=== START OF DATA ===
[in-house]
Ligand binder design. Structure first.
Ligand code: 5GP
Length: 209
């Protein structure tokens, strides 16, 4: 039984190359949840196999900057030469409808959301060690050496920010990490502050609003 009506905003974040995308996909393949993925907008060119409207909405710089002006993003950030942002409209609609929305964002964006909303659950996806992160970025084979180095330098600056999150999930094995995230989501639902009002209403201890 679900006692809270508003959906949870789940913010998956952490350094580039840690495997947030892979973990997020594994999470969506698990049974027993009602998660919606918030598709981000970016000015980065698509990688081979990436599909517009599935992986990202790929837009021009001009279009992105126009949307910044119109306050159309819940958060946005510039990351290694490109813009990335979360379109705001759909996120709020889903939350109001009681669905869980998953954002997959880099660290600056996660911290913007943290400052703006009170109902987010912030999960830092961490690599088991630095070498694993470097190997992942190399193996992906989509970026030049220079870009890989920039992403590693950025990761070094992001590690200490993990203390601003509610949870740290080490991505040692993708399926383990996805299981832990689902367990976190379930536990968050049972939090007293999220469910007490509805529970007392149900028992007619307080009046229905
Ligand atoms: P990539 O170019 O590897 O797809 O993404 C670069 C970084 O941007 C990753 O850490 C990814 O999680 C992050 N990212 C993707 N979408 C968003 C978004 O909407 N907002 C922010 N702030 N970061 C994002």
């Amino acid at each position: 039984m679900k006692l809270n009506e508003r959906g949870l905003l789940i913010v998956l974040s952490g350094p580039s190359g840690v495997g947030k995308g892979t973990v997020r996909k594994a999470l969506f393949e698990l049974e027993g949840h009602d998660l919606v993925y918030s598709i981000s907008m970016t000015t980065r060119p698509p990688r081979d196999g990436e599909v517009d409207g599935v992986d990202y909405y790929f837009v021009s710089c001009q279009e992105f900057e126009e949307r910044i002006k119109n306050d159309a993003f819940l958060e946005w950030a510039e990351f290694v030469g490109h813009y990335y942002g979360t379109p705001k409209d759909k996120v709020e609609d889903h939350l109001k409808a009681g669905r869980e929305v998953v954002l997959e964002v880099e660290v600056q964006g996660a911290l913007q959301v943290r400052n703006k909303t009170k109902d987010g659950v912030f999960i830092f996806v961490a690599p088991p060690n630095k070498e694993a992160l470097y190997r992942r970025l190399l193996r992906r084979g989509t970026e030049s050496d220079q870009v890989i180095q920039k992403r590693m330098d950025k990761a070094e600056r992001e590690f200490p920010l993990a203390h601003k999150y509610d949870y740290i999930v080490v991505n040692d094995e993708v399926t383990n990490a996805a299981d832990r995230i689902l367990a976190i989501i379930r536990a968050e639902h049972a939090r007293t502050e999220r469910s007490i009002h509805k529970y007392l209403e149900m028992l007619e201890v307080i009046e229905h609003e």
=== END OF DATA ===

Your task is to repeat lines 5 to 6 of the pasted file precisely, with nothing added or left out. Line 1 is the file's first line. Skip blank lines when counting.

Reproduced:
């Protein structure tokens, strides 16, 4: 039984190359949840196999900057030469409808959301060690050496920010990490502050609003 009506905003974040995308996909393949993925907008060119409207909405710089002006993003950030942002409209609609929305964002964006909303659950996806992160970025084979180095330098600056999150999930094995995230989501639902009002209403201890 679900006692809270508003959906949870789940913010998956952490350094580039840690495997947030892979973990997020594994999470969506698990049974027993009602998660919606918030598709981000970016000015980065698509990688081979990436599909517009599935992986990202790929837009021009001009279009992105126009949307910044119109306050159309819940958060946005510039990351290694490109813009990335979360379109705001759909996120709020889903939350109001009681669905869980998953954002997959880099660290600056996660911290913007943290400052703006009170109902987010912030999960830092961490690599088991630095070498694993470097190997992942190399193996992906989509970026030049220079870009890989920039992403590693950025990761070094992001590690200490993990203390601003509610949870740290080490991505040692993708399926383990996805299981832990689902367990976190379930536990968050049972939090007293999220469910007490509805529970007392149900028992007619307080009046229905
Ligand atoms: P990539 O170019 O590897 O797809 O993404 C670069 C970084 O941007 C990753 O850490 C990814 O999680 C992050 N990212 C993707 N979408 C968003 C978004 O909407 N907002 C922010 N702030 N970061 C994002």